—Submitted by a parent


Posted November 19, 2006

My daughter attended 3rd and 4th grade at Hawthorne. She loved this school, it's one of the best in Chicago. Daughter now attends a school in Naperville that doesn't match up to this school. Very good school, I should have let my daughter complete 8th grade here, Naperville schools aren't that great.
—Submitted by a parent


Posted April 5, 2006

I love this school, i am a student there and the teachers are concerned and love the students. Children are challenged and they promote harmony within the classroom.
—Submitted by a student


Posted November 2, 2005

Ok...I am impressed! Having two children with different learning styles, varying attributes and needs...Hawthorne is an amazing school that somehow successfully evaluates and applies methods to ensure that each and every child fully grasps the material they are receiving. I have had Hawthorne alum report Highschool as a breeze after leaving Hawthorne...they truly are prepared and then some upon leaving!
—Submitted by a parent


Posted September 13, 2005

I attended this school from k-8 and I am currently a freshman at the University of Misosuri- Columbia. Hawthorne really prepared more for one of the best high schools in Chicago. The academic programs are available in different levels of difficulty for the various backgrounds students come from. Hawthorne is very diverse. I always looked forward to international night at the end of every year. Art, music, sports, and cultural activities are always planned and made available to the students. Parents are very involved. They tag along for field trips, help with crafts that require more supervision, join PTA, run for office in the parent government, and help with school assemblies. I enjoyed my time at Hawthorne and go back on a regular basis to talk to old teachers.
—Submitted by a former student


Posted July 19, 2005

I have 2 children at Hawthorne, I am one of the parents that work very hard on fundrairsing. I don't give big checks I just give alot of time and it is very much appreciated by the whole staff. My children are getting a great education and we consider ourselves to be very lucky.
—Submitted by a parent


Posted July 7, 2005

The academic education my child received is first class although many of the projects have obviously been done by parents. The staff is wonderful, except for the ones that allow children to get away with many things because of who their parents are and how much (money or time) they contribute to the school. The principal has done wonderful things with the school, but could use help in making all parents welcomed (not just the ones who donate money or their time or are in the same social circles). The PTA is very active. The education is great, the school is just very cliquey. Students should be judged by what they accomplish academically, not who their parents are and the administration should make it a safe place (emotionally and socially) for all to learn and punish those that are bullies despite of how much their parents donate.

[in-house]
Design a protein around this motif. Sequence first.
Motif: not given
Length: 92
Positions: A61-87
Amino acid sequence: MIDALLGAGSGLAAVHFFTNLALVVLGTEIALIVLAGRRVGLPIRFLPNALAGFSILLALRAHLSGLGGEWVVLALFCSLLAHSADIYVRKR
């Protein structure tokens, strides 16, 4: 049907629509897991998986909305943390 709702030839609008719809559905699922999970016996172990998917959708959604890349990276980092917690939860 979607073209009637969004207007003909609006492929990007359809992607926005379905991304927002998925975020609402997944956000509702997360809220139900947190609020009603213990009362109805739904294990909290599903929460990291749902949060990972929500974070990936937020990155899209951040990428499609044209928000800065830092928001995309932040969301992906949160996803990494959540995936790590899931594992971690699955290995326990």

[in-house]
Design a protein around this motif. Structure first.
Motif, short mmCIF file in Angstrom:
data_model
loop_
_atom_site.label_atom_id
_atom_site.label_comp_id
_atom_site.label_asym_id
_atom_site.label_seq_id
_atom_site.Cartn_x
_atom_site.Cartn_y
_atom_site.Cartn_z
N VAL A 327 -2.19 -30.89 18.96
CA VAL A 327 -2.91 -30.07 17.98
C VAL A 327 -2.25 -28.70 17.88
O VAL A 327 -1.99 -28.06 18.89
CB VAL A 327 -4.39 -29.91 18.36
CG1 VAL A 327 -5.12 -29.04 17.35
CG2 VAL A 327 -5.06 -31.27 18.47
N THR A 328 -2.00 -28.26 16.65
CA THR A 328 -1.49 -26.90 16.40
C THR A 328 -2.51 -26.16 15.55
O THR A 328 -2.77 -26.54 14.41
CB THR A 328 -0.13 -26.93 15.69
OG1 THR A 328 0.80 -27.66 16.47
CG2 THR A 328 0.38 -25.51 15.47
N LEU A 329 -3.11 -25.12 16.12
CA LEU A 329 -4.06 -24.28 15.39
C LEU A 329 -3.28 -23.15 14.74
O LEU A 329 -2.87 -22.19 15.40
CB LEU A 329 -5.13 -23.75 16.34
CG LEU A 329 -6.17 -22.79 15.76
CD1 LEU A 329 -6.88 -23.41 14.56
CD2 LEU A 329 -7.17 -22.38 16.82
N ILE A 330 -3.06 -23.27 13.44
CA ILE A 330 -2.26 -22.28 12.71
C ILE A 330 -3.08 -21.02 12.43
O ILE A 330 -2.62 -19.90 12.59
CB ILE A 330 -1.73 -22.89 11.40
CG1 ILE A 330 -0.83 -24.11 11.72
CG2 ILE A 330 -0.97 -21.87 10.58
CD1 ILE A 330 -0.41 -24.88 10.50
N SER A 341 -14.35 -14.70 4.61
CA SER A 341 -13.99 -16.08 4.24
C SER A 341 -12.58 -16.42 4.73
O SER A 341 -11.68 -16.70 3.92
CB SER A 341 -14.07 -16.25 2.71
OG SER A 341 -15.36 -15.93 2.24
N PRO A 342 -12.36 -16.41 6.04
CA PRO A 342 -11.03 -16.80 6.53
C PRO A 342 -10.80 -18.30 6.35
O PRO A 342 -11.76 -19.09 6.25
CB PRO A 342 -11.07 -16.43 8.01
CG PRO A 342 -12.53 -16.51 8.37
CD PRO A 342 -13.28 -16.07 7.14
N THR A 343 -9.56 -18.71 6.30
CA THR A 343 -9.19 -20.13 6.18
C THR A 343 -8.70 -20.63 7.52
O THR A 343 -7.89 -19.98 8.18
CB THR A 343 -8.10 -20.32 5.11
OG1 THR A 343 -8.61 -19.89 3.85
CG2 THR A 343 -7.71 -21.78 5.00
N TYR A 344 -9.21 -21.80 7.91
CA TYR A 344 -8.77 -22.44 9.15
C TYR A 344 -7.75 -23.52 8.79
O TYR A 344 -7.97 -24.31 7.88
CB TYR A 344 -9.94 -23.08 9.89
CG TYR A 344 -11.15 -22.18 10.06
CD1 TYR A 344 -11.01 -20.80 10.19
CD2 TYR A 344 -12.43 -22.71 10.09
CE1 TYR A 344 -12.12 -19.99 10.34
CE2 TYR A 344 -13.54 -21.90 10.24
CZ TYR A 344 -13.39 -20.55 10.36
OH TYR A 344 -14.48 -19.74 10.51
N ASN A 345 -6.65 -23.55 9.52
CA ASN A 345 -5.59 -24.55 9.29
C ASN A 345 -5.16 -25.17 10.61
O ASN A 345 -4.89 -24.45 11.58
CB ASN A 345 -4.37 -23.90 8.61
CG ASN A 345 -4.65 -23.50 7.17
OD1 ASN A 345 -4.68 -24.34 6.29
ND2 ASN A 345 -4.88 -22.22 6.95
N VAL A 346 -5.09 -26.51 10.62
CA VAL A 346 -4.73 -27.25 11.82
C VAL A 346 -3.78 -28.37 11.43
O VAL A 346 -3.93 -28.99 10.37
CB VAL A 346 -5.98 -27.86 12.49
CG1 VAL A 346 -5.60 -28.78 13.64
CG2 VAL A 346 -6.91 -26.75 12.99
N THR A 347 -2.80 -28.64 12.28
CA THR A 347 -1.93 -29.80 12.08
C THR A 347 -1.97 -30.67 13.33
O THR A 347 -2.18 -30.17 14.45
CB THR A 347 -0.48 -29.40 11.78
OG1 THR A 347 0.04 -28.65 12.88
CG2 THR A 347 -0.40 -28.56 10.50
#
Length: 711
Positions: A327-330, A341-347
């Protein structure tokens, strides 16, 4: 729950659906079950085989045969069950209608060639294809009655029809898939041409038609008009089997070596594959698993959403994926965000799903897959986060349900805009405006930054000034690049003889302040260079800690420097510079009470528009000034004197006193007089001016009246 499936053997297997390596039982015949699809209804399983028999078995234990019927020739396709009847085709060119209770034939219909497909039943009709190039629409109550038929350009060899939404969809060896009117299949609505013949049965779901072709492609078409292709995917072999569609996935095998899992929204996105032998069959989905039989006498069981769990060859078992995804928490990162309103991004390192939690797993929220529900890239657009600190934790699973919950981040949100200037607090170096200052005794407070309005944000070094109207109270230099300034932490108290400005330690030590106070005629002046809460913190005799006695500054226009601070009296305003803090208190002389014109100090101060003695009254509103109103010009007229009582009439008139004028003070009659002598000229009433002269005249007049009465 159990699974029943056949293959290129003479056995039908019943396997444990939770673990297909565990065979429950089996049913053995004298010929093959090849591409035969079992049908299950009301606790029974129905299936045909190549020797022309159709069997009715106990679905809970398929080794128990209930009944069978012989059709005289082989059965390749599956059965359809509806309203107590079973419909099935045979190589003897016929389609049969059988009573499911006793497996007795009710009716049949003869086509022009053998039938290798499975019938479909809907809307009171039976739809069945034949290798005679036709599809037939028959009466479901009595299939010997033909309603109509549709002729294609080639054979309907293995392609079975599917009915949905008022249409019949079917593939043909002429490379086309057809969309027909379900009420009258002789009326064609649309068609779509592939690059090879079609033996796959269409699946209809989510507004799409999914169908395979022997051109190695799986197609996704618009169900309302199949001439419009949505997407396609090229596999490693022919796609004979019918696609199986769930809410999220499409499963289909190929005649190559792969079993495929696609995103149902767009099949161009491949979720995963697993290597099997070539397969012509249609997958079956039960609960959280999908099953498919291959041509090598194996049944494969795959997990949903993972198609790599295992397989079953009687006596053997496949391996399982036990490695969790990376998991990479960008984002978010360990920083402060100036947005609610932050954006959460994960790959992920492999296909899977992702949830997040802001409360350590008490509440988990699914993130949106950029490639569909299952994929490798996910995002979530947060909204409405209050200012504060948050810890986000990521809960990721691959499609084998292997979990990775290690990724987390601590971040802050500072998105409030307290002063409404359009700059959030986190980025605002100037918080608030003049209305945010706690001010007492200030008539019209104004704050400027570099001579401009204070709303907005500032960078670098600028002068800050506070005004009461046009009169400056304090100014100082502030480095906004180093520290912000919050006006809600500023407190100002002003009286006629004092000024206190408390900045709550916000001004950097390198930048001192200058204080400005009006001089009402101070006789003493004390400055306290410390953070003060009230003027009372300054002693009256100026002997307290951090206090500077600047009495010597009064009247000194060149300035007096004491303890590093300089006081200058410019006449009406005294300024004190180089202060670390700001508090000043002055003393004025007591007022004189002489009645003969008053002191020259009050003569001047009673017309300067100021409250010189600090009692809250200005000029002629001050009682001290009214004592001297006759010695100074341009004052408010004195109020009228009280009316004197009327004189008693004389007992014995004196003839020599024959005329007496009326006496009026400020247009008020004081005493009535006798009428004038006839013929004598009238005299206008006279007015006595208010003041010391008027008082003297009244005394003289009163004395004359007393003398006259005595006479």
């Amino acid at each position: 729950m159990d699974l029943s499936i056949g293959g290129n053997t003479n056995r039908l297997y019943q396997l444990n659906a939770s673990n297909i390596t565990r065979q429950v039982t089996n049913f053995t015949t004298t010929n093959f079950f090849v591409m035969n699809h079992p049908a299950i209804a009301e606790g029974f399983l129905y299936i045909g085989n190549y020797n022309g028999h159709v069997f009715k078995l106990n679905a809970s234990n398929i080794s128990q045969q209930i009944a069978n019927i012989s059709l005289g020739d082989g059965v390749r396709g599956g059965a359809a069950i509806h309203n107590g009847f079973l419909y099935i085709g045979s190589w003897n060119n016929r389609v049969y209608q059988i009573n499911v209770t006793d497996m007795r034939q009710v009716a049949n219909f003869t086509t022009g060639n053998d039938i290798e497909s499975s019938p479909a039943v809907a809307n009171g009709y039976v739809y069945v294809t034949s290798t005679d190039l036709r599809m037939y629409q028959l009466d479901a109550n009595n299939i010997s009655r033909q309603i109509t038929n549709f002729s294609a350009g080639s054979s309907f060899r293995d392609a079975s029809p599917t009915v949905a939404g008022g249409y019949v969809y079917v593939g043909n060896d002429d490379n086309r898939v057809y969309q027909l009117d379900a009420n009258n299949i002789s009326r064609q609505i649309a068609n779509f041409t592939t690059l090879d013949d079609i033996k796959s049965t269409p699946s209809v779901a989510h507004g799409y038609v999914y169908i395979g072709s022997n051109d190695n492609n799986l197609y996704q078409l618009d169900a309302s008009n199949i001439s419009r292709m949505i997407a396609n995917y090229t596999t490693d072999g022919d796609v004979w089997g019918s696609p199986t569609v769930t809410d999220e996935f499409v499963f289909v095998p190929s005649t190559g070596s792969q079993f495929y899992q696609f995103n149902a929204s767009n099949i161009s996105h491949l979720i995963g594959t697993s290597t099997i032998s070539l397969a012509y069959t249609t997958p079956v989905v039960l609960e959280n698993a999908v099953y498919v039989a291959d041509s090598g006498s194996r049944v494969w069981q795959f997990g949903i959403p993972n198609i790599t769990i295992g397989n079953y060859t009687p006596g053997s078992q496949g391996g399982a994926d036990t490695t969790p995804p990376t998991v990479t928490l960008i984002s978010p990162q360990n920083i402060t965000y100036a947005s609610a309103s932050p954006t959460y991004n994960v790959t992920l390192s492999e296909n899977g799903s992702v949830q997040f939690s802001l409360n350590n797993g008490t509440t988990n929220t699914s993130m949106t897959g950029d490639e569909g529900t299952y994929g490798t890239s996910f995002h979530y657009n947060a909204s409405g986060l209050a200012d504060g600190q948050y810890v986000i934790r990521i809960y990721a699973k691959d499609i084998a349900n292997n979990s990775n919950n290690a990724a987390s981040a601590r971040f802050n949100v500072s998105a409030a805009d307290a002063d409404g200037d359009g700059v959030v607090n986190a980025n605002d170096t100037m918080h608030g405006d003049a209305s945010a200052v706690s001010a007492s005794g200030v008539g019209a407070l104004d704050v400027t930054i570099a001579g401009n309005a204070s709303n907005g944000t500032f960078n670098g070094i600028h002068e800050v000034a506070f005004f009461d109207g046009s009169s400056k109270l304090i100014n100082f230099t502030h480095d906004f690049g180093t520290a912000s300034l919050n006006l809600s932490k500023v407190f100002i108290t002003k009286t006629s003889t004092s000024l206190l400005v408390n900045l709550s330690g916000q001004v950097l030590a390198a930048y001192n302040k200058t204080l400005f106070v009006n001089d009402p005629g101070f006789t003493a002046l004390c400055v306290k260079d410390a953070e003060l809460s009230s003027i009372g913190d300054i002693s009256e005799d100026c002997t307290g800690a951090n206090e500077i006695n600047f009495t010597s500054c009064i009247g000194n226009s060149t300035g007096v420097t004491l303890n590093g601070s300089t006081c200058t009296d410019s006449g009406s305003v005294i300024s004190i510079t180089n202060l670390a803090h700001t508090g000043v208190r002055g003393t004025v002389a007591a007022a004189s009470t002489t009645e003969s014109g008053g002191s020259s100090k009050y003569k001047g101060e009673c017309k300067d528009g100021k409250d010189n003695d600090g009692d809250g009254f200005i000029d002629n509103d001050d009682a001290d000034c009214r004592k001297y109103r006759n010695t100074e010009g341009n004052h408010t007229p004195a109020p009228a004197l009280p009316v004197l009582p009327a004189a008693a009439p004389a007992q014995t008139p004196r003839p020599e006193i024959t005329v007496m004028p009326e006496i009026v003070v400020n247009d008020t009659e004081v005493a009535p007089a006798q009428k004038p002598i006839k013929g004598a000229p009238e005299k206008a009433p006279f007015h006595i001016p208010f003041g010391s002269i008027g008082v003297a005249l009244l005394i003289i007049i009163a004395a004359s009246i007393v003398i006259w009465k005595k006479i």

—Submitted by a parent


Posted September 20, 2004

Hawthorne is an excellent school. Its amazing teachers and principal, along with parent support, make it possible for all students to suceed. Hawthorne prepared me for high school so much more than I could have ever imagined. Thank you to the Hawthorne Family for a great education, love, and support that all students need!
—Submitted by a former student


Posted May 11, 2004

I was a student at Hawthorne and two of my cousins are currently enrolled here. It is one of the best if not the best school out there. From the dissection classes to the amazing Mathathon, not to mention the great reading material. When I went to high school all my freshmen year was just a review of what I had learned. The teachers motivate you and always say something to make every student excel. I will never forget the teachers at Hawthorne, and the motivation they always gave me to be the best I could be. The principal always had a great smile and is an amazing leader. It's a safe school with great activities that not only help children stay away from being with the bad crowd but also challenges them intellectually. Thanks Hawthorne for helping me be the best I can be!
—Submitted by a student


Posted March 31, 2004

Great teachers and parents make this a wonderful school filled with curious students. There is an active PTA with several raising events. It's the only wireless public grade school in the state, as well having chess club, chorus, sports teams, and music lsson. While there is always room for improvement (smaller class size would be good), we have been very happy at Hawthorne.
—Submitted by a parent


Community ratings and reviews do not represent the views of GreatSchools nor does GreatSchools check their accuracy or verify the reviewers' identities. Use your discretion when evaluating these reviews.

About these ratings

The Community Rating is the school’s average rating from its community members (e.g., parents, students, and school staff). The highest possible rating is five stars; the lowest is one star.

The test results by subgroup show how the designated group of students is performing in comparison to the general population.
Math

The state average for Math was 55% in 2013.

2013

 
 
95%

2012

 
 
100%

2011

 
 
100%

2010

 
 
100%
Reading

The state average for Reading was 59% in 2013.

2013

 
 
95%

2012

 
 
94%

2011

 
 
95%

2010

 
 
98%
Scale: % meeting or exceeding standards

About the tests